Sustainable Travel Finalist
MADE POSSIBLE THROUGH THE SUPPORT OF
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Leaf pressed onto a log.
Focus!
Boly Sarr, a retired fisherman in his home. He says they once had to drag their boats very far to reach the sea, and due to rising seas now store the boats in the streets of the community.
Petrified Lava
Praying mantis  the shade of a pink zinnia
Burt and Deborah From Here to Eternity
Point Reyes stairway to lighthouse
The adventurous
Where the sun's light fails to reach
A rainbow from a mototaxi
UP, no Down, no Up
A Man Looks Out the Door
Alligator while sightseeing in the Everglades
KonKow Maidu
Jersey Shore
Cool Ferns
Yosemite reflections
The Biennial Gwich'in Gathering 2016
Male and Female He Created Them
A young boy plays with a toy boat in the boatbuilding center of the fishing community, Guet Ndar.
The Hunter hunted
Rainbow city of Cajobi
A praying mantis eating a moth among zinnias
14th Annual Smithsonian.com Photo Contest
A Man Looks Out the Door

This photo won the Sustainable Travel category of our 14th Annual Photo Contest. See all of the winners and finalists here.

To me, sustainable travel means making connections with individuals, communities and landscapes. I usually hope to spend a month in one place, allowing me to get to know local people, from shopkeepers to scientists. I try to find ways to understand and document the issues that have the most impact on their daily lives. In this image, a man is looking out a door that just hours before led to his family's bedroom. The tide was particularly high that day, and because of rising sea levels, the sea had risen high enough to chew away at the home. The back rooms crumbled into the sea while his family carried their belongings out the front door. Several homes fell into the sea that morning. In an overpopulated community like Guet Ndar, the fishing village in Saint Louis, Senegal, many families may live in one home. So the loss of a home is particularly impactful.

When I first arrived in Senegal, I spent my first few days asking people about what matters most to them, what changes they had seen in the community, what worried them, etc. Many people were worried about the increasing impacts of climate change. Herders living inland said there was so little rain, they couldn't feed their herds and had become the first generation in their lineage to look for supplementary work outside of herding. Fishermen described their homes becoming inundated with water and the seas becoming more volatile.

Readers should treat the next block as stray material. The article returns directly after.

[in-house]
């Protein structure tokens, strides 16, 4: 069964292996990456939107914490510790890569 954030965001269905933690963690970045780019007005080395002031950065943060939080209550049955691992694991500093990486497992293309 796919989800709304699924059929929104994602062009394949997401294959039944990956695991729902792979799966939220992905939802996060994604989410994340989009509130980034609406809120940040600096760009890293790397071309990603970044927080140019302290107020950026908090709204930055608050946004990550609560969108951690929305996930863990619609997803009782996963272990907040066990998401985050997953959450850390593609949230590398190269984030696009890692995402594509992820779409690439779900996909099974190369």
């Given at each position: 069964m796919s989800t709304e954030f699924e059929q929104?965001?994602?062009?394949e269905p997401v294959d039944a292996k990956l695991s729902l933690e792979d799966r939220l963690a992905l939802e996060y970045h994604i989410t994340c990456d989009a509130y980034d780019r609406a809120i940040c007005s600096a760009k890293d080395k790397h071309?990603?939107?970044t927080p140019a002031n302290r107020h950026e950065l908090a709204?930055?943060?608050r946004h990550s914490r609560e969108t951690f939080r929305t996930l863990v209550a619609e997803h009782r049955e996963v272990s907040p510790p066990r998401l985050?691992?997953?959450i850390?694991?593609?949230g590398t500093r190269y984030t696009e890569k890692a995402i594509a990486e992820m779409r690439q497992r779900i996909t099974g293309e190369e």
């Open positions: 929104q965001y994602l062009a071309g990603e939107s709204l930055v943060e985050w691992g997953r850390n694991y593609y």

I spent a month in Senegal documenting climate change as a human rights issue. I started photographing the issue through human relationships to the environment and to one another. The morning I photographed the high tides and the loss of homes was part of a personal realization that climate change isn't just an environmental issue, it's a human one. And I realized that the people who contributed very little to the problem―those living in poverty or directly dependent on natural resources―will be the first to feel the impacts of climate change. And they are already beginning to deeply feel the effects. It sparked my interest in learning about an environmental issues through conversation and photography. A year later, I spent a month in Panama's Guna Yala region, an archipelago of tribally held islands in which communities are facing relocation (or already relocating) due to rising seas, lack of water and other climate-related changes and challenges. I plan to spend a month in four more locations around the world for a total of six "chapters" in the project.

TAGS: Senegal

photographer avatar
Portland, Maine, United States of America
Member since 2016
Awards
Photo of the Day: 03.23.17 Editors' Pick Finalist Sustainable Travel Winner
Photo Information
Copyright:
© Greta Rybus.
All rights reserved.
Image Source: digital
Date Taken: 03.2015
Total Views: 7799
Total Favorites: 4
Filed Under: Sustainable Travel
Camera Information
Date Uploaded: Nov. 28, 2016, 7:20 p.m.
Camera Make: Canon
Camera Model: Canon EOS 5D Mark III
Focal Length: 31mm
Shutter Speed: 1/400
Aperture: f4
ISO: ISO200
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PHOTO LOCATION Guet Ndar, Saint-Louis, Senegal